> the Good Life, just as some people hate bicycle-riders
            it is a
            > signal of support for Greeny ideas which are deemed
        hostile to
            the ordinary
            > person. I believe that Climate Denial is part of the
        same issue. In
            > Australia there are rather too many Climate Deniers
        because the
            issue has
            > become politicised. Officially the conservative government
            accepts the
            > science, but every knows they don't and this is reflected in
            policies like
            > appointing climate deniers to head committees to review
            > repealing the carbon price, etc., etc. There are a higher
            percentage of
            > climate deniers in Australia, as a result, than in
        Europe where
            the climate
            > is not politicised in that way.
            > One's conceptual frame is unified through commitment to a
            > Opinions and evidence which don't fit the conceptual frame
            generated by the
            > central concept of a life-project, its vision of the
        Good Life.
            There is a
            > 10 minute talk on this in relation to denial of the dangers
            posed to health
            > by asbestos here:
            > The_Case_of_Asbestos
            > Apologies for going on too long.
            > Andy
            > *Andy Blunden*
            > http://home.pacific.net.au/~andy/

            > Charles Bazerman wrote:
            >> Michael,
            >> I am with you, and not only because of climate change
        deniers.  The
            >> sociocultural critique has been important to show that
        humans make
            >> knowledge, and they do it from their own interests and
            perspectives.  Yet,
            >> various disciplines and sciences, have come to know
        more about
            the world in
            >> ways that are less entangled with the limits of
        individual or
            small group
            >> perceptions and interests.
            >> Disciplines do represent the world outside of
        themselves, gathering
            >> data--of course selectively through their own devices,
            means of
>> collection, forms of inscription and display, etc... Historically, the
            >> methodological standards in different fields have
        evolved to
            include more
            >> awareness of the contingency, fragility, and specificity of
            samples, data
            >> and analysis--along with increasing cleverness of our
        tools.      This is what
            >> methodology is all about.  I tend to view objectivity
        not as an
            >> but an awareness of ways in which we are entangled with the
            phenomena we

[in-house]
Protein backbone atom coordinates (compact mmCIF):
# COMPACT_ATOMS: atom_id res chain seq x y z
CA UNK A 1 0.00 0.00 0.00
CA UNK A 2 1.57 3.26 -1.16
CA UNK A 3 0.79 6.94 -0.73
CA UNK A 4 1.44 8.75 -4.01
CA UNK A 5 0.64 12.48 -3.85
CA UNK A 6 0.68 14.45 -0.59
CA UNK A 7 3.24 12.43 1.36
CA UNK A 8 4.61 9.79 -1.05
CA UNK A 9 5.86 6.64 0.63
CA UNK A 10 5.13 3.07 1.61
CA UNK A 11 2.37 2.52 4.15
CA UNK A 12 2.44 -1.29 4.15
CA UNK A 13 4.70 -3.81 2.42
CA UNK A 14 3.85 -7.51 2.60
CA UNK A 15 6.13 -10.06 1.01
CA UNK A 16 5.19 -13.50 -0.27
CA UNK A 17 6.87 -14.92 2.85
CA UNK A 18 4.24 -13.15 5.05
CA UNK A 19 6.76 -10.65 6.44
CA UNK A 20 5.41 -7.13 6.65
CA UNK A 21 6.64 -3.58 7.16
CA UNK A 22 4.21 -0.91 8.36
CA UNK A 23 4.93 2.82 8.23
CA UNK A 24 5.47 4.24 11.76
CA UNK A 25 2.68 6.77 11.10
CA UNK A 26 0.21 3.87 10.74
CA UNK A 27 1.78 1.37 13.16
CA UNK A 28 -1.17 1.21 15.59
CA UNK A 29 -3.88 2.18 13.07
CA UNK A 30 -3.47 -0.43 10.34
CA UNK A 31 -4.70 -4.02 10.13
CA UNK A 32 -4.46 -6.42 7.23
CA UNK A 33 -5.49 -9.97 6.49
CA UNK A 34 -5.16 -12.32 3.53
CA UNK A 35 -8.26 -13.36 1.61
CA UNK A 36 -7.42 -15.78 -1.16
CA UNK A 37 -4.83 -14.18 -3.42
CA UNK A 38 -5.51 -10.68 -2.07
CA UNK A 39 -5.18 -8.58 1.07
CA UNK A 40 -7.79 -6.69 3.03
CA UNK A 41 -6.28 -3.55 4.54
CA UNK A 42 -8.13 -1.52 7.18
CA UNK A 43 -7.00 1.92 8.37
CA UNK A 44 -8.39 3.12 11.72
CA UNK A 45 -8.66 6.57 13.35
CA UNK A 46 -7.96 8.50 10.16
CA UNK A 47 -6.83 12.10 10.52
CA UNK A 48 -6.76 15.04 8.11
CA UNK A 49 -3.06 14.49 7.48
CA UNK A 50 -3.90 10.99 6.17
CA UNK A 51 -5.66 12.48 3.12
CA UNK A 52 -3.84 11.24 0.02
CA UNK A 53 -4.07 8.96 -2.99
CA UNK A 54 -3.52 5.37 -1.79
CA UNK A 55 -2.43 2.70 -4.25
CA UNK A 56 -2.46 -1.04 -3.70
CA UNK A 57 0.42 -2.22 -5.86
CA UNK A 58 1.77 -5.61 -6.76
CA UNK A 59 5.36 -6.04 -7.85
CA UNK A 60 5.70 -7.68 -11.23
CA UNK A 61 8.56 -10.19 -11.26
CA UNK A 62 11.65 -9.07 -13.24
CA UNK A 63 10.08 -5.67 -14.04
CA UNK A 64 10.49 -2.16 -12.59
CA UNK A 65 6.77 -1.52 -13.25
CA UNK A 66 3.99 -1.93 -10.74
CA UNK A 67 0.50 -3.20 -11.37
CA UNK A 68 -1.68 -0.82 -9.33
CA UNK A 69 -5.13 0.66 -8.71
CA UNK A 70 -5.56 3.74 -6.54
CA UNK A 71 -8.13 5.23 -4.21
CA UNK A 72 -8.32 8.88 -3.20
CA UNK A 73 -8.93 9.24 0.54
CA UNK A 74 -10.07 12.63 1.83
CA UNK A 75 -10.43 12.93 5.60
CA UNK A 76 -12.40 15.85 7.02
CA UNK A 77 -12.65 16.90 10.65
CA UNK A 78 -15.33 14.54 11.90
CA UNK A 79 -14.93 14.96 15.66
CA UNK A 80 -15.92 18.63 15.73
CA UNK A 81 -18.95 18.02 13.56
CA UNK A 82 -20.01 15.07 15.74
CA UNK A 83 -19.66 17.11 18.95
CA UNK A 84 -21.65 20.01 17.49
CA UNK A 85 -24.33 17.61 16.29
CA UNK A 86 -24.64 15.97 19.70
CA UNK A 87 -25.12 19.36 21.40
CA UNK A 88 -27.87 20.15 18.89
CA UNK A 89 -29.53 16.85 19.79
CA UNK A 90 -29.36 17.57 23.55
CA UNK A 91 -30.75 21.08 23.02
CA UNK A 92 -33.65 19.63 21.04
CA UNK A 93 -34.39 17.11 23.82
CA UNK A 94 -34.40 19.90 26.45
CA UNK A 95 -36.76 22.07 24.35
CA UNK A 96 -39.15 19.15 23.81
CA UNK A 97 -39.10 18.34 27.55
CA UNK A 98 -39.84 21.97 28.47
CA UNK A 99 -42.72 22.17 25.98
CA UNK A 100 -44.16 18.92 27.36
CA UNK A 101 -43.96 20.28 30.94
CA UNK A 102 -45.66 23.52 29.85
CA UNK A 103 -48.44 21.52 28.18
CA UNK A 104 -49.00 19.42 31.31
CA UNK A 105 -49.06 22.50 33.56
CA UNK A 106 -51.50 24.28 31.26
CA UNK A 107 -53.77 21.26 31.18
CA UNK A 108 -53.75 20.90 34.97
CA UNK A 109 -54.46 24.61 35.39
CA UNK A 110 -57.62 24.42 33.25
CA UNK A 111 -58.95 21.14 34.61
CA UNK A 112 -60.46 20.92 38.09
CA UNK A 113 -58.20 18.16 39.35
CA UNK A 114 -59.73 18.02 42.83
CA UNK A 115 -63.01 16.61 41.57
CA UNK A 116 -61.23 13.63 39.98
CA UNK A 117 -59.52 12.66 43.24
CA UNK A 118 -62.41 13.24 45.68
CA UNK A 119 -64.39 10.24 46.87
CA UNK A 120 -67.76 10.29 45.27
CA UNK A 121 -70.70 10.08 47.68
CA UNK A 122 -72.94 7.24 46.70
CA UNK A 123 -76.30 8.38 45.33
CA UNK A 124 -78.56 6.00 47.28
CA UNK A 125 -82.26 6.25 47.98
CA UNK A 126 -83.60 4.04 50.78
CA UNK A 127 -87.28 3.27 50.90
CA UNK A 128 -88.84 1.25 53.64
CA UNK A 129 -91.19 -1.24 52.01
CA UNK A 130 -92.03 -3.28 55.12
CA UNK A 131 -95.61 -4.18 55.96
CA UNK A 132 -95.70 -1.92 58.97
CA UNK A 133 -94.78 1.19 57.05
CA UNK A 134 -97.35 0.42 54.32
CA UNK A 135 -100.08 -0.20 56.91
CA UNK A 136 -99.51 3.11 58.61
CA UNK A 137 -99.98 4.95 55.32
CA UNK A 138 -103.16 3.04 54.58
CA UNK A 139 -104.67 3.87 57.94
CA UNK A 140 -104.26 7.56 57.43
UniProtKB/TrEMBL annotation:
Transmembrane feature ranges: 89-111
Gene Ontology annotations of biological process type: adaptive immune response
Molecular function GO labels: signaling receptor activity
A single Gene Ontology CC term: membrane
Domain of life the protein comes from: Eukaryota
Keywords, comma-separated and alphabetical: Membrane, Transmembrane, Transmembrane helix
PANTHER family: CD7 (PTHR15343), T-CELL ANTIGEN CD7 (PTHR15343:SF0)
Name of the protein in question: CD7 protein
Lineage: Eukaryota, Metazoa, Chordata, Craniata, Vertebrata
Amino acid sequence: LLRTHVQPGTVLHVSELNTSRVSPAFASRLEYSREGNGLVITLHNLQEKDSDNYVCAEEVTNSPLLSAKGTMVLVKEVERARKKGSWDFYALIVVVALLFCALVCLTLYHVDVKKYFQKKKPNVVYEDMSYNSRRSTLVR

>> are trying to study, and to find ways to disentangle
            >> So from this perspective, incorporating the
        sociocultural critique
            >> creates challenges to maintain the persuasiveness of
        our data,
            >> representation, and analysis. Over the last few decades, we
            have been
            >> struggling in different disciplines to incorporate this
            critique but yet
            >> maintain the disciplinary projects of advancing
        contingent, but
            useful and
            >> reliable knowledge.  I like your term warranted
            I myself
            >> have relied on the idea of accountability--in terms of
            able to give a
            >> good account of your research actions when queried from
            >> But it is important to the advance of knowledge that we
            ways to gather
            >> and understand information about the world (in which we are
            both living
            >> parts and the constructors of knowledge about that
        world including
            >> ourselves) that recognizes the contingency of our
        knowledge but
            does not
            >> evaporate our confidence in that knowledge into a vapor of
            contingency only.
            >> I have struggled with this issue for many years in my
        work on the
            >> rhetoric of science and have discussed it in various ways,
            drawing on the
            >> work of many others (Ludwik Fleck still seems important
        to me
            over many
            >> years), but more work needs to be done to crystallize an
            understanding that
            >> leaves science and social science standing despite it being
            created by
            >> poor, frail, interested, humans of limited and skewed
            >> best,
            >> Chuck
            >> ----- Original Message -----
            >> From: "Glassman, Michael" <glassman.13@osu.edu
            <mailto:glassman.13@osu.edu <mailto:glassman.13@osu.edu>>>
            >> Date: Monday, September 22, 2014 11:21 am
            >> Subject: [Xmca-l] Re: in the eye of the beholder
            >> To: "eXtended Mind, Culture, Activity"
        <xmca-l@mailman.ucsd.edu <mailto:xmca-l@mailman.ucsd.edu>
            >>> It seems to me that articles like this can be a double
            >>> They use examples where culture has an influence on
        how we see
            things but
            >>> then offer the generalization that science is
        perspective.     This is the
            >>> same line you hear by climate deniers who claim that the
            >>> have a liberal bias.   Science is based on individual